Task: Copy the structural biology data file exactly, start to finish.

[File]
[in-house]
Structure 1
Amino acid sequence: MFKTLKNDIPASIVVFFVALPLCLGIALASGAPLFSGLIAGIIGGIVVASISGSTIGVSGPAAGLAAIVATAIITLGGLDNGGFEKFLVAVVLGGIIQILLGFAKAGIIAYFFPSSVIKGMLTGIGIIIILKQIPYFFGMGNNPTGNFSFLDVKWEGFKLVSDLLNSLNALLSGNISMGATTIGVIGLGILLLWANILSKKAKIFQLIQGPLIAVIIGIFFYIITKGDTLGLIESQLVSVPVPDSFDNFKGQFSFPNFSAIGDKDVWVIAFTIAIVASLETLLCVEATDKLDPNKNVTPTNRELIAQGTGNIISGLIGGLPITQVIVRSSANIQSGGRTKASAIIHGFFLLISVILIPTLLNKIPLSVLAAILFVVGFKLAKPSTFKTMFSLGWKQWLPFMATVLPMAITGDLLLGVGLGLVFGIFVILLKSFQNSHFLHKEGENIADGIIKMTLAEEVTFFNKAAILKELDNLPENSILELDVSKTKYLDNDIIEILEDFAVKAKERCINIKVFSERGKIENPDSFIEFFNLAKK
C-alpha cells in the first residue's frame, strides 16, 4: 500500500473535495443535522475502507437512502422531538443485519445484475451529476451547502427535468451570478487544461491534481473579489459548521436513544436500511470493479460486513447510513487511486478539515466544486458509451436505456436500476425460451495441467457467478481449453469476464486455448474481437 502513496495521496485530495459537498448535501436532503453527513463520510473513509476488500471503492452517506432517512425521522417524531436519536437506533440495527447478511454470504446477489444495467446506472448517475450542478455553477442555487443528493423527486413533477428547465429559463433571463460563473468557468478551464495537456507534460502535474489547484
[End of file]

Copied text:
[in-house]
Structure 1
Amino acid sequence: MFKTLKNDIPASIVVFFVALPLCLGIALASGAPLFSGLIAGIIGGIVVASISGSTIGVSGPAAGLAAIVATAIITLGGLDNGGFEKFLVAVVLGGIIQILLGFAKAGIIAYFFPSSVIKGMLTGIGIIIILKQIPYFFGMGNNPTGNFSFLDVKWEGFKLVSDLLNSLNALLSGNISMGATTIGVIGLGILLLWANILSKKAKIFQLIQGPLIAVIIGIFFYIITKGDTLGLIESQLVSVPVPDSFDNFKGQFSFPNFSAIGDKDVWVIAFTIAIVASLETLLCVEATDKLDPNKNVTPTNRELIAQGTGNIISGLIGGLPITQVIVRSSANIQSGGRTKASAIIHGFFLLISVILIPTLLNKIPLSVLAAILFVVGFKLAKPSTFKTMFSLGWKQWLPFMATVLPMAITGDLLLGVGLGLVFGIFVILLKSFQNSHFLHKEGENIADGIIKMTLAEEVTFFNKAAILKELDNLPENSILELDVSKTKYLDNDIIEILEDFAVKAKERCINIKVFSERGKIENPDSFIEFFNLAKK
C-alpha cells in the first residue's frame, strides 16, 4: 500500500473535495443535522475502507437512502422531538443485519445484475451529476451547502427535468451570478487544461491534481473579489459548521436513544436500511470493479460486513447510513487511486478539515466544486458509451436505456436500476425460451495441467457467478481449453469476464486455448474481437 502513496495521496485530495459537498448535501436532503453527513463520510473513509476488500471503492452517506432517512425521522417524531436519536437506533440495527447478511454470504446477489444495467446506472448517475450542478455553477442555487443528493423527486413533477428547465429559463433571463460563473468557468478551464495537456507534460502535474489547484